Whale Conservation

For a very long time, whales were considered to be an exploitable resource. Historically, communities all around the world killed whales, particularly the larger ones, to obtain products such as oil, meat and baleen.

Only as recently as the 1960’s did humanity start to realise the importance of conserving the Earth’s resources. And even though whale population figures were hard to estimate, it was obvious that certain species had suffered drastic declines due to over exploitation. People and governments recognised that whales needed to be protected or they would become extinct. Conservation measures started to be introduced worldwide. One of the first was a total ban on killing southern humpback whales – introduced in 1963.

In Australia, the whaling industry ended in 1978, and since then, Australia has become a world leader in the protection and conservation of whales, with the Government taking the following initiatives:

Establishment of The Australian Whale Sanctuary - this includes all Commonwealth waters from the three nautical mile state waters limit out to the boundary of the Exclusive Economic Zone.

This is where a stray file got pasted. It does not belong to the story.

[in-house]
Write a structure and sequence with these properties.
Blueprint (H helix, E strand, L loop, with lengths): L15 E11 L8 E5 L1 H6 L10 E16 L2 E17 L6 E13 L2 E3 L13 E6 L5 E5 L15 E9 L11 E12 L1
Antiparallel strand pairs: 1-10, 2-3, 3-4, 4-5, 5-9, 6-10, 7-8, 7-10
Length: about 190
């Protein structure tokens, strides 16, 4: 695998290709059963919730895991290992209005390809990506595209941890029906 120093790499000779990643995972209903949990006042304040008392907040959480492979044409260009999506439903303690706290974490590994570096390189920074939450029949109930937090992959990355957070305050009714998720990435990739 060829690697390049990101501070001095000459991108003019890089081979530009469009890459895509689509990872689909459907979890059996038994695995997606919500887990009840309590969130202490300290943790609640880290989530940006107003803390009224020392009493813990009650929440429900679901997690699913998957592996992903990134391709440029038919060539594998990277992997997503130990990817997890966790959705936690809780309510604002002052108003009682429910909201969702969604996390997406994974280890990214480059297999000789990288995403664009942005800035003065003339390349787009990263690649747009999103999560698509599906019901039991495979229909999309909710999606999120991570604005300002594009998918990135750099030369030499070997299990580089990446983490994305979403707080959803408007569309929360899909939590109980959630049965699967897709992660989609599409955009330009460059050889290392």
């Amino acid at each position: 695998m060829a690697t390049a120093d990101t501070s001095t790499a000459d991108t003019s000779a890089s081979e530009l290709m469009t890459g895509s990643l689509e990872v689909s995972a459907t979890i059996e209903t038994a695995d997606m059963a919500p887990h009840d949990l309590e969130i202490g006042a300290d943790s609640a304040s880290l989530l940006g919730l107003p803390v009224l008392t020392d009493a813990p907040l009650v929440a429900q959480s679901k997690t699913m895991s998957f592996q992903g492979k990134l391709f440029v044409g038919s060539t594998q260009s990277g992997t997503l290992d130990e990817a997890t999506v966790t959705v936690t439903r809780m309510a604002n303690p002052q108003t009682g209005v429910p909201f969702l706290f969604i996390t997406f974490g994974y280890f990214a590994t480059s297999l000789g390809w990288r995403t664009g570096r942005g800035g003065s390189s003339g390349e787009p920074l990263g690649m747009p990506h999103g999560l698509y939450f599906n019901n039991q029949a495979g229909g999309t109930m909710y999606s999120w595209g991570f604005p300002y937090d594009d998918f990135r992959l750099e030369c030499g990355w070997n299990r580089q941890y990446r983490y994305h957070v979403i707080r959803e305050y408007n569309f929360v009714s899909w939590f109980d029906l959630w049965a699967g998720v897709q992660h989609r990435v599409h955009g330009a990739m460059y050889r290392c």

Within this Sanctuary, it is an offence to kill, injure or interfere with a cetacean. There are severe penalties to those who do not comply with this. All states and territories are responsible for protecting whales and dolphins within their waters.

Recovery Plans - Australia currently has 5 whales species considered to be threatened in its waters, and there are recovery plans for each. The plans identify the threats these whale species face and establish actions to ensure their ongoing recovery.

The 5 threatened species are:

  • blue whale (endangered)
  • southern right whale (endangered)
  • sei whale (vulnerable)
  • fin whale (vulnerable)
  • and humpback whale (vulnerable).

How you can help whale conservation

Despite being protected, whales and dolphins still face various threats, including water and noise pollution, habitat degradation, collision with ships, entanglements and climate change.

You can do your part in whale conservation by:

For more information, the government provides updates on its projects at the Australian Marine Mammal Centre website.

  • NSW Government
  • National Parks & Wildlife Service NSW